Transport for London's zoomable new tube map is completely terrible

TfL's new Underground map. Image: TfL.

This week, two new London transit maps appeared. We've already aired our thoughts on the train map (tl;dr: TfL is gradually eating the entire London train network), but there's also a few things worth pointing out about the design of the new Tube map, which you can now scroll around and zoom into on the TfL website. Spoiler: they're all pretty negative.

All the overlapping Overground lines are confusing 

East London has now lost any semblance of the colour system used on the rest of the map, thanks to a bird's nest of orange Overground lines:

Couldn't you, like, space them out a bit better? This is just agony.

The Central line has got all kinky

 

This is presumably to leave space for Crossrail, but that isn't opening for four years, and at the moment it just looks awful.

Things keep going missing

Honestly, what's happened to the Kensington Olympia branch? The station blog is still there, but no trains are serving it. What the hell?

On the upside, the Emirates Airline – which, remember, doesn't count as a transport link – has had the same treatment.

It doesn't work on Safari 

Because no one will ever need to look at the map on an iPhone, right? Barely anyone uses iPhones these days. 

They've made the font more spindly

We've gone from this:

To this: 

The old font was smaller, rounder, and much more thickly set. The new one is thinner yet, possibly due to its size, actually looks more cramped. The text around Kensington is a real mess.

The text just keeps crashing into things

Look:

Harry Beck must be turning in his grave. 


Now, we know a few of points may sound a little pernickety. And we appreciate that this is an electronic version, produced for web users, rather than the final version that'll actually be appearing at stations.

But increasingly people do plan their travel using electronic maps. Imagine how much these problems would affect you if you don't have brilliant eyesight, or are a visiting tourist.

The best thing about London's tube network and its famous map has always been its focus on clarity and usability. It seems a shame to ditch all that, just for the sake of a shiny new zoom function.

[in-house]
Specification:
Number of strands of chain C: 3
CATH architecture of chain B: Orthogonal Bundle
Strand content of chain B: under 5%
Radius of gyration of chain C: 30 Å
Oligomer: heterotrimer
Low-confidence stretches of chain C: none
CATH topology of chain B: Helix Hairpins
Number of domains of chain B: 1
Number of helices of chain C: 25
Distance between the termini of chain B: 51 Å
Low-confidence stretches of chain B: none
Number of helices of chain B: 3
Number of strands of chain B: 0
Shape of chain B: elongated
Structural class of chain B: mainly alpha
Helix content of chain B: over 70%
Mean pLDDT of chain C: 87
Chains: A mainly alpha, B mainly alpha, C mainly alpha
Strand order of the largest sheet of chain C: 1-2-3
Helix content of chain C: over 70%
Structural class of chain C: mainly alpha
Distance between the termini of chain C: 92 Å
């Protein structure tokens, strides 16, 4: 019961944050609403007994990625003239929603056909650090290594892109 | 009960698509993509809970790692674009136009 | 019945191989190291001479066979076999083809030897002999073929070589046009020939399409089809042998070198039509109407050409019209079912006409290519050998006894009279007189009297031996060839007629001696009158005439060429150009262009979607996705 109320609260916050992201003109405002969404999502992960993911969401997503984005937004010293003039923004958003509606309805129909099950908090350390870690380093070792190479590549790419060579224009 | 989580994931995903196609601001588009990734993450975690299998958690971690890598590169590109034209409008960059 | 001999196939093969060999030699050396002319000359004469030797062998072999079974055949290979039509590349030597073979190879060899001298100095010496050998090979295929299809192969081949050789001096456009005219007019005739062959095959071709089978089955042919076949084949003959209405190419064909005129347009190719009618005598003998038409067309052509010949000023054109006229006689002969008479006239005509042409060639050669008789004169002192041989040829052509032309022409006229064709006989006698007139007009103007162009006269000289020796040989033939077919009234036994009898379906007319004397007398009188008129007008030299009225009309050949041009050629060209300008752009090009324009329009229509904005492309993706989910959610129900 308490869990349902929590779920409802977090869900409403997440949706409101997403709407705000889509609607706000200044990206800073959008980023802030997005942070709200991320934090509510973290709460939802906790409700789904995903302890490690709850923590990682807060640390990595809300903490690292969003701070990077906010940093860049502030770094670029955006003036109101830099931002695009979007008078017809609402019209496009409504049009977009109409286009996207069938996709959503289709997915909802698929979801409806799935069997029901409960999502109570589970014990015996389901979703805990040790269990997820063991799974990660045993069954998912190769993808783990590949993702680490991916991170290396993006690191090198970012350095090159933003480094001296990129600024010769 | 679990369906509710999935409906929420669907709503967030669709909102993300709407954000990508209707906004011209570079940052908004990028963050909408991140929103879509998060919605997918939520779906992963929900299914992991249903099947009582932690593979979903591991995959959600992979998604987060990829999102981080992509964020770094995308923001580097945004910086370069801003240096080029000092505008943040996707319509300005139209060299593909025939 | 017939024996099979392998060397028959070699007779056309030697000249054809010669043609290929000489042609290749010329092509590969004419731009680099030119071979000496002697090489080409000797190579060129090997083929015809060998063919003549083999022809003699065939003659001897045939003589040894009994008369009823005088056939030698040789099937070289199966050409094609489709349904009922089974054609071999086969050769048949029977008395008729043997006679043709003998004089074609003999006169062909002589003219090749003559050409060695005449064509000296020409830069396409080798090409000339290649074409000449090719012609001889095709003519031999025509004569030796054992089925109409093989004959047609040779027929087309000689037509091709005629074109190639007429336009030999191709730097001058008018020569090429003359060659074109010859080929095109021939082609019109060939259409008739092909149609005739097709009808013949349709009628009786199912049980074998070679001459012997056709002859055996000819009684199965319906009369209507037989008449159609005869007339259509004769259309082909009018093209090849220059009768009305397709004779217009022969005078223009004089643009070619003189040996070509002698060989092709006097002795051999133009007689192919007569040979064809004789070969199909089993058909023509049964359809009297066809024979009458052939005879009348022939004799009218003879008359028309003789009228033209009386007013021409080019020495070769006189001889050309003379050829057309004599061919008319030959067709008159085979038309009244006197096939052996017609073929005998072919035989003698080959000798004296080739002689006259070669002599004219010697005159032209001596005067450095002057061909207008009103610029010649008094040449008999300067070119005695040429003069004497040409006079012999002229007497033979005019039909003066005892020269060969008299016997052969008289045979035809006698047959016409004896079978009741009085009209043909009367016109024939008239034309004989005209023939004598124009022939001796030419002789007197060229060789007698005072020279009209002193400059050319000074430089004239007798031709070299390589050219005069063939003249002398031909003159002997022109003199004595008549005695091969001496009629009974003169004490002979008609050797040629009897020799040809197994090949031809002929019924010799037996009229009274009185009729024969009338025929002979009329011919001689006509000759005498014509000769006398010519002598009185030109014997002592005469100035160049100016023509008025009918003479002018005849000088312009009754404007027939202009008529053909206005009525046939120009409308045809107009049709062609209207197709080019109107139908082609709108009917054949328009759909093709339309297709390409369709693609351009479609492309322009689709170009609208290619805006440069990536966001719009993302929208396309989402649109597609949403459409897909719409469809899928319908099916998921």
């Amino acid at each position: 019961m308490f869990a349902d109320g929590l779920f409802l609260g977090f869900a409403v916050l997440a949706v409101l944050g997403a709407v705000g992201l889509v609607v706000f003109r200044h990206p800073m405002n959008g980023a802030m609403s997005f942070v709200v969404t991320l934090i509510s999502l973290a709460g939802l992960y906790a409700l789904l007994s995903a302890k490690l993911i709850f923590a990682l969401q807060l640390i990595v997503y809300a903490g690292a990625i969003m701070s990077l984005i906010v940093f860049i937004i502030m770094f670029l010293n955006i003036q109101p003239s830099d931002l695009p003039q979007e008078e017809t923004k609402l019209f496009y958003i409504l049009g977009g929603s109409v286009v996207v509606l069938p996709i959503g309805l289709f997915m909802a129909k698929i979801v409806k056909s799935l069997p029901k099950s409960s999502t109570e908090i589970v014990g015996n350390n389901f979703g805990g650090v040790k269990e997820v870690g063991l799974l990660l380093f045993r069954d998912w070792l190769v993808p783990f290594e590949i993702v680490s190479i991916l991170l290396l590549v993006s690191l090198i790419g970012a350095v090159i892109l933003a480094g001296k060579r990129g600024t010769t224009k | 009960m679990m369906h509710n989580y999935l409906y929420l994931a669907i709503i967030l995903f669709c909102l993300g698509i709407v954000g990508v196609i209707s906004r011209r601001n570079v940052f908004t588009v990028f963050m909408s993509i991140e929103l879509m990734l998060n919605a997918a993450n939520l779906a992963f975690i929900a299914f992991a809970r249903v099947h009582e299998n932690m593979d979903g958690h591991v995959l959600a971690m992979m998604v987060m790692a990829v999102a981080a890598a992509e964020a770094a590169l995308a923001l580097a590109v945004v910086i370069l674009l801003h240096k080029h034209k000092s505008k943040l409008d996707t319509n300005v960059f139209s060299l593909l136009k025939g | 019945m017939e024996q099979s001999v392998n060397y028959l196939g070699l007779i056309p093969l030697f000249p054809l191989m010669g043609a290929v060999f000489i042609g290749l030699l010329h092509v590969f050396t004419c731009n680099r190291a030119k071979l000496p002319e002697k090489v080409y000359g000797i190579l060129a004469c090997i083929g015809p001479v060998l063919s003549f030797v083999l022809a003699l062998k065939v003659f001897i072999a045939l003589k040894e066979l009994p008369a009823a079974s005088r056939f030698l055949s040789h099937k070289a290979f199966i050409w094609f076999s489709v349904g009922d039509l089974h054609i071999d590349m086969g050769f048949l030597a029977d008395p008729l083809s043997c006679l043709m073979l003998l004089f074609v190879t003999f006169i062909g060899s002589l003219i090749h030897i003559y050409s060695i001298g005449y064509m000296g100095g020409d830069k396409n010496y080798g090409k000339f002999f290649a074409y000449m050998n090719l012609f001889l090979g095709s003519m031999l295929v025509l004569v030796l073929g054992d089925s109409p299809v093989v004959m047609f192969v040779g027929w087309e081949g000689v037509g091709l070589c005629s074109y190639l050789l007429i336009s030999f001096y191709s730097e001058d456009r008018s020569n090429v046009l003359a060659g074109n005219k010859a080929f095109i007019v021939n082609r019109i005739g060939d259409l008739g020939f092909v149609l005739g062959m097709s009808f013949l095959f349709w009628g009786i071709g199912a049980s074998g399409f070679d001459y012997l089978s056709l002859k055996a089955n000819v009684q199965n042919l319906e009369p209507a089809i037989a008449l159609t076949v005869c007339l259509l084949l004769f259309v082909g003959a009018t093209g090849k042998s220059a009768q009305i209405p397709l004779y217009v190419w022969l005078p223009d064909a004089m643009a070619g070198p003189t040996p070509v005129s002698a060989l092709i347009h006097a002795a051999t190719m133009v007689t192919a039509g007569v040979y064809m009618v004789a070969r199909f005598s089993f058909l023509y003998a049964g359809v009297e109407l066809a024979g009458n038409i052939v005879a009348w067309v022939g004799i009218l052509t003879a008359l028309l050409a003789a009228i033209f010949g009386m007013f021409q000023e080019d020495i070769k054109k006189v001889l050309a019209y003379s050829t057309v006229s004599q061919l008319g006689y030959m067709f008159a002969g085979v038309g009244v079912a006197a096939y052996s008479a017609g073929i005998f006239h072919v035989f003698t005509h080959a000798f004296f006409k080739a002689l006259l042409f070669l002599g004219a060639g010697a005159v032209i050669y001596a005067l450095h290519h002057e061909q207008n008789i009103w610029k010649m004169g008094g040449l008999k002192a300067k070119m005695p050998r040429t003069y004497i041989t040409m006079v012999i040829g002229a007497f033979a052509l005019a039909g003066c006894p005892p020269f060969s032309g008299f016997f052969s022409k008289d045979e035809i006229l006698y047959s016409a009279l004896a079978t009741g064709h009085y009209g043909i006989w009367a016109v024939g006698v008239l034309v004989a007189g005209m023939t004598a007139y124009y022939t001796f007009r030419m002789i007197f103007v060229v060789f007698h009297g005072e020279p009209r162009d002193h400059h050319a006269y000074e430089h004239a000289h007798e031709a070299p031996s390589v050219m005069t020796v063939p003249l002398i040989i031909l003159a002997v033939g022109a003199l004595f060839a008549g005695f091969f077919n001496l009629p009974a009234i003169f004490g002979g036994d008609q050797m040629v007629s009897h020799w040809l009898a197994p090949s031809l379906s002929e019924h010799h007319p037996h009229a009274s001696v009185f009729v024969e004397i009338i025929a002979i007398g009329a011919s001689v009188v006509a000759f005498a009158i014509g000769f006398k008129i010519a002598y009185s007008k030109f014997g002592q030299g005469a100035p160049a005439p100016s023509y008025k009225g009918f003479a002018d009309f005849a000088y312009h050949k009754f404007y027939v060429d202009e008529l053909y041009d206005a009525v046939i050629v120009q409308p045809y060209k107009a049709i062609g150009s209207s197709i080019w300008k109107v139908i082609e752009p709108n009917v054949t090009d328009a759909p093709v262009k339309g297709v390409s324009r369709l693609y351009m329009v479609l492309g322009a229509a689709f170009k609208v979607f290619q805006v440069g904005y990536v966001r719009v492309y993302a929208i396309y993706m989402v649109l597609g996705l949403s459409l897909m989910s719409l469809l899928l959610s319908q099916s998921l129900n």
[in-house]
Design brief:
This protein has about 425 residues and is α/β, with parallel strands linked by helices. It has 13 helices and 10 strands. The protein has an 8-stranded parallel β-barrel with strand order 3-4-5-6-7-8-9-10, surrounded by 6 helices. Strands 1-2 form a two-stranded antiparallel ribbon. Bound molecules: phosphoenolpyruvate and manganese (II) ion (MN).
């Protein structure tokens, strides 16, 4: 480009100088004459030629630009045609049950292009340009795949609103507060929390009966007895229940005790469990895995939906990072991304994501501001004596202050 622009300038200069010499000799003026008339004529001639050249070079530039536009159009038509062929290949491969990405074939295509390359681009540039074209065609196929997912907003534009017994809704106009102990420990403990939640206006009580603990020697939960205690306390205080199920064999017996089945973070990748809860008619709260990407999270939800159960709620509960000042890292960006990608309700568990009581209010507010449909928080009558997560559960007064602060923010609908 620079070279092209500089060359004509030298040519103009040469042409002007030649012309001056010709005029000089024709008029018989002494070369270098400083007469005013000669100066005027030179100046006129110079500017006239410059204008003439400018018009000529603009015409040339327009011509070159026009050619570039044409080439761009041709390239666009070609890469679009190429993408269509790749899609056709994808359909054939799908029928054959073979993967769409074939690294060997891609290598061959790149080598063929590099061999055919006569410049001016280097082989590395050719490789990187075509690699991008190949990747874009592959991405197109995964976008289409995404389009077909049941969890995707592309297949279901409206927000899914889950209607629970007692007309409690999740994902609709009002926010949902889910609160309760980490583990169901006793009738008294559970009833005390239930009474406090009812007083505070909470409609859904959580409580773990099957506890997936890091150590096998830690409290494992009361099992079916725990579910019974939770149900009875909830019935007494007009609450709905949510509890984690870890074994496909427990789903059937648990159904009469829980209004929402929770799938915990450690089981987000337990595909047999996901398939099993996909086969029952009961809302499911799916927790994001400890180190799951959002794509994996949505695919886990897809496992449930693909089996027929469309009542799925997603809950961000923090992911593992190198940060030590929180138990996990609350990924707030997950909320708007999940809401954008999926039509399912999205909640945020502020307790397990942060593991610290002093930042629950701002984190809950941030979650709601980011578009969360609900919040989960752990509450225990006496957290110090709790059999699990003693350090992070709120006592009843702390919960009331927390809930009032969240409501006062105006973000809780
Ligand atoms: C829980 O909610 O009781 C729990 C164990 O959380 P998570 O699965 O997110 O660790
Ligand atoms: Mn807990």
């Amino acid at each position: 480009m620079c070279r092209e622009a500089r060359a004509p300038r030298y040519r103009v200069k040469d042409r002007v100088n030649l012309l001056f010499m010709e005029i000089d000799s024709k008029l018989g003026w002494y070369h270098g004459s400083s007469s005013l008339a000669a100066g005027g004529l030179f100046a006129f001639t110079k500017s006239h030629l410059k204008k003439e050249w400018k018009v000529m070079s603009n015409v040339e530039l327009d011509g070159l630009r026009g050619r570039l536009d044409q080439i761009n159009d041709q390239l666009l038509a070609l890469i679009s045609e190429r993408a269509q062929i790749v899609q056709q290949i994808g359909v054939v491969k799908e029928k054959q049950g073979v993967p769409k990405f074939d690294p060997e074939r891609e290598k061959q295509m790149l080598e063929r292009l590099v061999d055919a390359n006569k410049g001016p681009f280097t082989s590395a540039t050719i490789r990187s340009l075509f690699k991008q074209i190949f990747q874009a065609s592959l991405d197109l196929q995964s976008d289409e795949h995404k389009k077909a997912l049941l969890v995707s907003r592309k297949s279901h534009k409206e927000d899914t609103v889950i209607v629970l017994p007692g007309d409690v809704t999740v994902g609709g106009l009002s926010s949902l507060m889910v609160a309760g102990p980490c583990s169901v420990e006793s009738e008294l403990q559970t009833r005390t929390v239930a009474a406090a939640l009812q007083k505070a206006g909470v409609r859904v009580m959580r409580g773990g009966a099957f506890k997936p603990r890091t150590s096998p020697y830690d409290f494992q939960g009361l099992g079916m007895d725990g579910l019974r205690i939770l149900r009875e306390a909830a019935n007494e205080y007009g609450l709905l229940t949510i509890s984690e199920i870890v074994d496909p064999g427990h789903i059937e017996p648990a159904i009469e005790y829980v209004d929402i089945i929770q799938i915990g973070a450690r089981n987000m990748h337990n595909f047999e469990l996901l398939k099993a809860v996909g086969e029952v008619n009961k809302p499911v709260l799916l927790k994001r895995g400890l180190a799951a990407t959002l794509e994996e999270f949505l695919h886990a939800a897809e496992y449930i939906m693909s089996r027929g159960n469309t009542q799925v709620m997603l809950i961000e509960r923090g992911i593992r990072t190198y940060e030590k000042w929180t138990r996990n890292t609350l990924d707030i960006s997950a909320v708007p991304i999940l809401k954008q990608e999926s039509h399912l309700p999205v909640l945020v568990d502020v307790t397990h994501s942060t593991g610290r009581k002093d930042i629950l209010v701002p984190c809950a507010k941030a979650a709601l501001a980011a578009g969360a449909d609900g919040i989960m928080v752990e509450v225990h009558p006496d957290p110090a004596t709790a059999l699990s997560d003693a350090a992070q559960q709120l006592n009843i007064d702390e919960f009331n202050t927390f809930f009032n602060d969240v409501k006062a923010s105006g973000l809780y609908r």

17 things the proposed “Tulip” skyscraper that London mayor Sadiq Khan just scrapped definitely resembled

Artist's impression. See if you can guess which one The Tulip is. Image: Foster + Partners.

Sadiq Khan has scrapped plans to build a massive glass thing in the City of London, on the grounds it would knacker London’s skyline. The “Tulip” would have been a narrow, 300m skyscraper, designed by Norman Foster’s Foster & Partners, with a viewing platform at the top. Following the mayor’s intervention, it now won’t be anything of the sort.

This may be no bad thing. For one thing, a lot of very important and clever people have been noisily unconvinced by the design. Take this statement from Duncan Wilson, the chief executive of Historic England, from earlier this year: “This building, a lift shaft with a bulge on top, would damage the very thing its developers claim they will deliver – tourism and views of London’s extraordinary heritage.”

More to the point, the design was just bloody silly. Here are some other things that, if it had been built, the Tulip would definitely have looked like.

1. A matchstick.

2. A drumstick.

3. A cotton ear bud.

4. A mystical staff, of the sort that might be wielded by Gandalf the Grey.

5. A giant spring onion.

6. A can of deodorant, from one of the brands whose cans are seemingly deliberately designed in such a way so as to remind male shoppers of the fact that they have a penis.

7. A device for unblocking a drain.

8. One of those lights that’s meant to resemble a candle.

9. A swab stick, of the sort sometimes used at sexual health clinics, in close proximity to somebody’s penis.

10.  A nearly finished lollipop.

11. Something a child would make from a pipe cleaner in art class, which you then have to pretend to be impressed by and keep on show for the next six months.

12. An arcology, of the sort seen in classic video game SimCity 2000.

13. Something you would order online and then pray will arrive in unmarked packaging.

14. The part of the male anatomy that the thing you are ordering online is meant to be a more impressive replica of.

15. A building that appears on the London skyline in the Star Trek franchise, in an attempt to communicate that we are looking at the FUTURE.


14a. Sorry, the one before last was a bit vague. What I actually meant was: a penis.

16. A long thin tube with a confusing bulbous bit on the end.

17. A stamen. Which, for avoidance of doubt, is a plant’s penis.

One thing it definitely does not resemble:

A sodding tulip.

Anyway, it’s bad, and it’s good the mayor has blocked it.

That’s it, that’s the take.

(Thanks to Anoosh Chakelian, Jasper Jackson, Patrick Maguire for helping me get to 17.)

Jonn Elledge is editor of CityMetric and the assistant editor of the New Statesman. He is on Twitter as @jonnelledge and on Facebook as JonnElledgeWrites.

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